Volume 9, Number 2—February 2003
Photorhabdus Species: Bioluminescent Bacteria as Human Pathogens?
We report two Australian patients with soft tissue infections due to Photorhabdus species. Recognized as important insect pathogens, Photorhabdus spp. are bioluminescent gram-negative bacilli. Bacteria belonging to the genus are emerging as a cause of both localized soft tissue and disseminated infections in humans in the United States and Australia. The source of infection in humans remains unknown.
Bioluminescence is the production of visible light by a chemical reaction in a living organism. The property is rarely reported in the clinical bacteriology laboratory because bacterial bioluminescence is seen primarily in marine species. Photorhabdus spp (family: Enterobacteriaceae) are the only terrestrial bacteria known to exhibit this property (1). The classification within the genus is complex with three currently recognized species: P. luminescens, P. temperate, and P. asymbiotica (2). Several subspecies are recognized.
Photorhabdus spp. have been the subject of intensive study by agricultural scientists because of the role these bacteria play in controlling insects. Insects, like humans, are subject to infestation by nematodes (3). Photorhabdus spp. inhabit the gut of some insect-pathogenic nematodes (Heterorhabditis spp.), where they form a symbiotic relationship. Nematode species of this type are able to invade the larvae of susceptible insects and release Photorhabdus spp. The bacteria proliferate and promote nematode reproduction by killing the insect larvae.
Insect-pathogenic nematodes harboring Photorhabdus spp are used as biopesticides in a number of countries, including the United States and Australia. Agricultural scientists are also attempting to develop insect-resistant transgenic crops by using insecticidal toxin genes derived from Photorhabdus spp (4).
Genes encoding homologues of insecticidal toxins from Photorhabdus spp occur naturally within the genome of Yersinia pestis, the cause of plague. Lateral transfer of genetic material between Photorhabdus and Yersinia species is thought to have resulted from their common association with insects as bacterial pathogens (5).
Human infection with Photorhabdus spp. has been described in two previous publications—six cases from the United States (6) and four cases from South Eastern Australia (Victoria and New South Wales) (1). We report two additional recent human cases of Photorhabdus infection from the Australian state of Queensland.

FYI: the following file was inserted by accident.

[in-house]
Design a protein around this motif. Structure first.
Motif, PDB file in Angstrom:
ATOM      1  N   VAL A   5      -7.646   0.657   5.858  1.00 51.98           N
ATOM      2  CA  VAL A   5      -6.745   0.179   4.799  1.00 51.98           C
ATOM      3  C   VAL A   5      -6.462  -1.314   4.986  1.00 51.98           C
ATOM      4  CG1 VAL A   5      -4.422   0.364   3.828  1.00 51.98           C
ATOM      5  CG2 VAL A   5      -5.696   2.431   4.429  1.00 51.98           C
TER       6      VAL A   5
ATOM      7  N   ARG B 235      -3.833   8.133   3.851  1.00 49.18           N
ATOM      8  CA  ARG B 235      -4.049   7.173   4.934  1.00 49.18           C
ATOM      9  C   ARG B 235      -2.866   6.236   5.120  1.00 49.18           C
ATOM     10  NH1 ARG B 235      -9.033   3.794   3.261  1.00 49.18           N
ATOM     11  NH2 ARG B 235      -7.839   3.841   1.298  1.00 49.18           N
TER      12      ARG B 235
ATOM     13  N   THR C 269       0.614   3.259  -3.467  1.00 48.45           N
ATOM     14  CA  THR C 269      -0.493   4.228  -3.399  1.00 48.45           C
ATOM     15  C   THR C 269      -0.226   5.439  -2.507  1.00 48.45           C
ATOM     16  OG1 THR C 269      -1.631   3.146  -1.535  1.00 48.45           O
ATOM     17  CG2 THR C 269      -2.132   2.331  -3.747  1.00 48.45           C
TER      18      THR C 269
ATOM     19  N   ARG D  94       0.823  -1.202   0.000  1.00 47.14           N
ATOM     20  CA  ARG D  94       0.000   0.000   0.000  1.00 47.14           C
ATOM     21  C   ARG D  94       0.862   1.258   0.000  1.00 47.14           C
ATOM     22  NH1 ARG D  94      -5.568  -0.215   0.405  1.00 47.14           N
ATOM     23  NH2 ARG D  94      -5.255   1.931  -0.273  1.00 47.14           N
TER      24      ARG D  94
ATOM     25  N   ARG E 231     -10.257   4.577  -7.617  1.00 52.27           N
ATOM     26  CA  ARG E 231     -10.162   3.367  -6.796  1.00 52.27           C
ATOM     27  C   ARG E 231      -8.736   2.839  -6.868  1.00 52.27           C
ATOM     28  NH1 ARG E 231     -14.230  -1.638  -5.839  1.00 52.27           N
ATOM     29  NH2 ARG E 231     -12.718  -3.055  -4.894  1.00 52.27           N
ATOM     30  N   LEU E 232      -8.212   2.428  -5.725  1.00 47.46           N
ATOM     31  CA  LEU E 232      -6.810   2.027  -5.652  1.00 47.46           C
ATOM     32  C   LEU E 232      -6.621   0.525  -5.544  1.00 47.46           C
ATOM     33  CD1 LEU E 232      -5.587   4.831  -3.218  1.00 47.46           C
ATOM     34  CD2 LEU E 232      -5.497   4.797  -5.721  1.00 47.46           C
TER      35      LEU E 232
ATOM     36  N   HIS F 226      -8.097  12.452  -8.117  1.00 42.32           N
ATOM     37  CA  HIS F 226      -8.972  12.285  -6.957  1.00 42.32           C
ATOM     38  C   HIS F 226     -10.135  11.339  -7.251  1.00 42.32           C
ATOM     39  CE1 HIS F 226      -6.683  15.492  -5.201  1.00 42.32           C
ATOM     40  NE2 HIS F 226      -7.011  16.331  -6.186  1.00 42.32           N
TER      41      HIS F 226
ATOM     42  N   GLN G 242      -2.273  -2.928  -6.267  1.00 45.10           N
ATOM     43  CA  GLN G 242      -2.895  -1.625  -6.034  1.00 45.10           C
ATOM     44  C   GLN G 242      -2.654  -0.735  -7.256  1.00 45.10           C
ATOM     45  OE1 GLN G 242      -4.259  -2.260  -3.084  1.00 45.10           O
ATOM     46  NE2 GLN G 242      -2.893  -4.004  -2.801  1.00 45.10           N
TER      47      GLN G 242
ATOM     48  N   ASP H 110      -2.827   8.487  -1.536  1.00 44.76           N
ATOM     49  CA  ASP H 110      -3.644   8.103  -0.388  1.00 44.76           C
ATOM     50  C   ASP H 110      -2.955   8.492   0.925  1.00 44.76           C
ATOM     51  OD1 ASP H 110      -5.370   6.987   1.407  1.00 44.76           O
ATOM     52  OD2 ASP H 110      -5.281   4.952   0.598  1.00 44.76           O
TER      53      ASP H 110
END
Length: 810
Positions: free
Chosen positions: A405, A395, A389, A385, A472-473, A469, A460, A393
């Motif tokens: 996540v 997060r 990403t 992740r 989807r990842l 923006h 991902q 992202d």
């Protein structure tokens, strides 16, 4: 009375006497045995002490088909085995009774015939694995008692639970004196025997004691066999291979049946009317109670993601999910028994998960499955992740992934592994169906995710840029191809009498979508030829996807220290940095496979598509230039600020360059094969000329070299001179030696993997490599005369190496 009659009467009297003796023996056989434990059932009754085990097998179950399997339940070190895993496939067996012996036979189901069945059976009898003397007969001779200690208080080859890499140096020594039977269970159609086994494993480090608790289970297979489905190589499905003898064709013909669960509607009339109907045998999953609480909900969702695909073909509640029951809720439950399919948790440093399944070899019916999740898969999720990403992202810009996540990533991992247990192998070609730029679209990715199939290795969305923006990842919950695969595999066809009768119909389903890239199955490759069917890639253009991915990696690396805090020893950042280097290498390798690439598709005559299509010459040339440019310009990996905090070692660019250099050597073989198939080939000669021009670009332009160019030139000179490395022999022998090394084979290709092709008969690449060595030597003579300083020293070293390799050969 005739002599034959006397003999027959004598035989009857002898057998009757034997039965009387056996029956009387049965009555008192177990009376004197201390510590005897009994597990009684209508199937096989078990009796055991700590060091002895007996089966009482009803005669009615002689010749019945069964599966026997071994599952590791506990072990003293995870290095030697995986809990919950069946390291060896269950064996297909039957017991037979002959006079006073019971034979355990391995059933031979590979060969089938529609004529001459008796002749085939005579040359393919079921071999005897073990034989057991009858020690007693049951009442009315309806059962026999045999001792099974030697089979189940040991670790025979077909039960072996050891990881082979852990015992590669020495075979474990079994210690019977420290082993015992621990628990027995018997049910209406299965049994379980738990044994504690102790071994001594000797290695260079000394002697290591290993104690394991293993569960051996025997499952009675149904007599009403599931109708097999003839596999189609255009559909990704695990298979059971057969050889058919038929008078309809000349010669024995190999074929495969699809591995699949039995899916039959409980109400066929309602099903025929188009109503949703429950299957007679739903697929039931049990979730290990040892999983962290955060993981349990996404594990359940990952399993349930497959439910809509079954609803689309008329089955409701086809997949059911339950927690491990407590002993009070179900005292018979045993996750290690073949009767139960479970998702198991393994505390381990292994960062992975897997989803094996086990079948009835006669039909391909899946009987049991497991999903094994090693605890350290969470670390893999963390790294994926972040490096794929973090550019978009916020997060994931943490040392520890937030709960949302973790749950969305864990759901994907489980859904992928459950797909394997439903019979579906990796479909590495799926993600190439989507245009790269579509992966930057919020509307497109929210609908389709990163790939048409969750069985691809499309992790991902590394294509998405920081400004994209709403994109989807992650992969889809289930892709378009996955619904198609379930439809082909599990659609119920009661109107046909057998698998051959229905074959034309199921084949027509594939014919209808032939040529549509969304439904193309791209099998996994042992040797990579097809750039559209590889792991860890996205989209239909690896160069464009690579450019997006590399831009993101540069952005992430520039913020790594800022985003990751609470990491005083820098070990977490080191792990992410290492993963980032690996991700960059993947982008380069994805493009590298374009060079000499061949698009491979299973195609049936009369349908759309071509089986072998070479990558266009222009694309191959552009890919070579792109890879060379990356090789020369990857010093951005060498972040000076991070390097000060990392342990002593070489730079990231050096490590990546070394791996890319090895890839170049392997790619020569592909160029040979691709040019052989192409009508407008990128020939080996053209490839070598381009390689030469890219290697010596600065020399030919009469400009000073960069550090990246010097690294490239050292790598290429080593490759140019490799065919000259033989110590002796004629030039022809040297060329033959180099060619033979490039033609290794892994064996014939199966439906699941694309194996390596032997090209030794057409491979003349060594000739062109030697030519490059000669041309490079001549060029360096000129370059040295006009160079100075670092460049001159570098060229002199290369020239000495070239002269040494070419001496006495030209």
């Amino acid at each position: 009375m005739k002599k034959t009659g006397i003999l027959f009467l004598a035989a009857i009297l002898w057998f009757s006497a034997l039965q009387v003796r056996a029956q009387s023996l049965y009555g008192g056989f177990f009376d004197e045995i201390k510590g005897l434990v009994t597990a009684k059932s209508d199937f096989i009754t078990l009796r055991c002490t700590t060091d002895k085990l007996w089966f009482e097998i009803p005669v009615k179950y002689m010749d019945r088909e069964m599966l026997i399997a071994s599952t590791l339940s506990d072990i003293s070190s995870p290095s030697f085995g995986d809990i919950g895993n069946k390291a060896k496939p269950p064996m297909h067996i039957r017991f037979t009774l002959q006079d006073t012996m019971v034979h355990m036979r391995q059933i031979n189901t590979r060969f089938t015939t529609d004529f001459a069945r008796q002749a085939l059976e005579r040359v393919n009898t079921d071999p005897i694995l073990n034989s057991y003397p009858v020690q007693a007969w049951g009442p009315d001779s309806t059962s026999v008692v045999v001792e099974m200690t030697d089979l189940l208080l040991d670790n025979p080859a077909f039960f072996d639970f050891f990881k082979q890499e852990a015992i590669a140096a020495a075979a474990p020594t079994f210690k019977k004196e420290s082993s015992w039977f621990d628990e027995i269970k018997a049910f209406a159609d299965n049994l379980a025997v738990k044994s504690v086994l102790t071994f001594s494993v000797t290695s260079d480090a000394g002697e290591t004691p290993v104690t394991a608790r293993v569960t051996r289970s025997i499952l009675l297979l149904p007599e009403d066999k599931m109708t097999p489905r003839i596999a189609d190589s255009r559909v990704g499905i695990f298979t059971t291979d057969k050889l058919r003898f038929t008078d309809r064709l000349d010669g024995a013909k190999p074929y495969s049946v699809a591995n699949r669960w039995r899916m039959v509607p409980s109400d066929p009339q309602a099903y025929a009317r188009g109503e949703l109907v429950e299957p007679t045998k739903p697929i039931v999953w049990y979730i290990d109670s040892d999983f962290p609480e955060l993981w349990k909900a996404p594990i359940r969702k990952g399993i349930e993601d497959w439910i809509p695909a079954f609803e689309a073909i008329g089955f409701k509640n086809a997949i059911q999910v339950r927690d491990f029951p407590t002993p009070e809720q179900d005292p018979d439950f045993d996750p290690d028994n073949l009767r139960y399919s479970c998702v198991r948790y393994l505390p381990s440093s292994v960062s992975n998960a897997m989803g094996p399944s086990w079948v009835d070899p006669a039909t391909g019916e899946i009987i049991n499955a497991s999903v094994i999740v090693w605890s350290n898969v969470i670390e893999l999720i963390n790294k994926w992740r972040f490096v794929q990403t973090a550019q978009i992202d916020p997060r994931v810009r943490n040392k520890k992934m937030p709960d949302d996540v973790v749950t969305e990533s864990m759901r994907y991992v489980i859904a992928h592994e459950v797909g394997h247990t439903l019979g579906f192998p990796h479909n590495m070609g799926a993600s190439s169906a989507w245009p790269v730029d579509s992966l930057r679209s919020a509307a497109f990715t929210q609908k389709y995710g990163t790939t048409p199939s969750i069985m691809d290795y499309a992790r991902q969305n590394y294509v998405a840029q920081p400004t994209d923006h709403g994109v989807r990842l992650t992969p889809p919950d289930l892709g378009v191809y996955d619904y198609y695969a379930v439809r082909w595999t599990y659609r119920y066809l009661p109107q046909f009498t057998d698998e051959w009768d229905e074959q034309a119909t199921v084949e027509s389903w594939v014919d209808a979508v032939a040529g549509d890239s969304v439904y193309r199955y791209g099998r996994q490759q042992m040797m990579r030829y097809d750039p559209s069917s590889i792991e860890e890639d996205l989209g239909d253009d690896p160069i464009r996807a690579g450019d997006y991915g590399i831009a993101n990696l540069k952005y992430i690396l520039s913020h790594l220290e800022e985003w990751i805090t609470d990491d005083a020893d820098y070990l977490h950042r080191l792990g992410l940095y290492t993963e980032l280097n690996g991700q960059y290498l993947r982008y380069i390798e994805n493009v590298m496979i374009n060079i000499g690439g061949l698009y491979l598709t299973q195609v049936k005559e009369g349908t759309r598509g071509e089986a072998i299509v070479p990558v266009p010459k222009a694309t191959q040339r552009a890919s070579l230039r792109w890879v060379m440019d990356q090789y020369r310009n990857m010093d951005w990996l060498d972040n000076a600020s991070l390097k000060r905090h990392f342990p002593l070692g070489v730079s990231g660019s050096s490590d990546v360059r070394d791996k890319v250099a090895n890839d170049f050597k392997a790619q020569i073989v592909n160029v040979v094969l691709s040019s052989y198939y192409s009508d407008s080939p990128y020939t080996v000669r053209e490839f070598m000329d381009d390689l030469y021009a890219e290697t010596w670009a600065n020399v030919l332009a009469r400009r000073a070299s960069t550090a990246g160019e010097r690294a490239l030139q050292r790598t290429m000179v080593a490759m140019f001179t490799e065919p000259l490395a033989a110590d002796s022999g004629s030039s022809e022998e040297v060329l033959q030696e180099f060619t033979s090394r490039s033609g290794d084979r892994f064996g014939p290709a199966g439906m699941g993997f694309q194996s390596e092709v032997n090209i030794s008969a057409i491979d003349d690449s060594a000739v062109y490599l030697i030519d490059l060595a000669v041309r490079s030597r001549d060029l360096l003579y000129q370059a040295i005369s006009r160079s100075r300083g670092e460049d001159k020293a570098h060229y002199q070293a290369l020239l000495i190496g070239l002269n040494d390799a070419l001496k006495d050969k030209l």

A 39-year-old male pest controller from Gladstone on a routine visit to his general practitioner in April 2001 inquired about the recent appearance of a red macule, 8 mm in diameter, on the medial aspect of his right ankle. No specific treatment was given. When he was seen again 18 days later, a painful, necrotic ulcer, about 12 mm in diameter, had developed at the original site of the red spot. An exudates was produced, although polymorphs were observed rarely, and no microorganisms were identified on Gram stain. A gram-negative organism later identified as Photorhabdus sp. was isolated in pure growth from the exudate. The patient began a 10-day course of oral cephalexin. When he was observed again 11 days later, he exhibited a persistent discharge with surrounding cellulitis. He was therefore prescribed a 10-day course of oral amoxycillin-clavulanate. Three weeks later, the ulcer appeared to be healing; after another 6 weeks, signs of infection had again developed. A gram-negative organism was isolated from the exudate but was not formally identified.
The patient was prescribed an additional 7-day course of oral cephalexin. When he was observed 3 months later, the infection had resolved. In his recent work as a pest controller, he had been spraying chemical insecticides under houses and in foreign cargo ships. He had never used insect pathogenic nematodes as a biopesticide.
A 78-year-old man from the Queensland Gold Coast sought treatment in January 1999 with a 3-day history of a painful, swollen right foot. The patient had a history of polymyalgia rheumatica for which he was taking prednisone, 8 mg daily. In January 1999, after working barefoot in the garden, the man noted intense pain in his right forefoot and a very small amount of bloody discharge from the web space between his fourth and fifth toes.
The next day he was seen by his general practitioner who treated him with oral dicloxacillin. Two days later he was admitted to the hospital with increasingly severe pain with extensive redness and swelling extending to his right knee. He was noted to be afebrile with a mild neutrophil leukocytosis. He was started on a regimen of intravenous dicloxacillin and gentamicin.
Surgical debridement of the right foot was required on three occasions during the first 8 days of his admission. Pus was collected for culture on two of these occasions, and tissue was obtained during the third. An organism identified as Photorhabdus sp. was isolated in pure culture from each of these operative specimens. The same organism was also isolated, together with Staphylococcus aureus, from a superficial swab collected in the emergency department on presentation. No bacterial growth was obtained from blood cultures collected on admission.
The patient was treated with intravenous gentamicin for 2 weeks and ceftazidime for 1 week. He was discharged on a 6-week course of oral ciprofloxacin. The foot remained healed on follow-up 3 months later.
Photorhabdus spp. can be isolated and identified to genus level by using techniques available in most clinical bacteriology laboratories. A total of five isolates from the two patients described in the current report were examined in our laboratories with standard techniques (one from patient 1 and four from patient 2). The phenotypic characteristics that the isolates displayed were typical of the genus.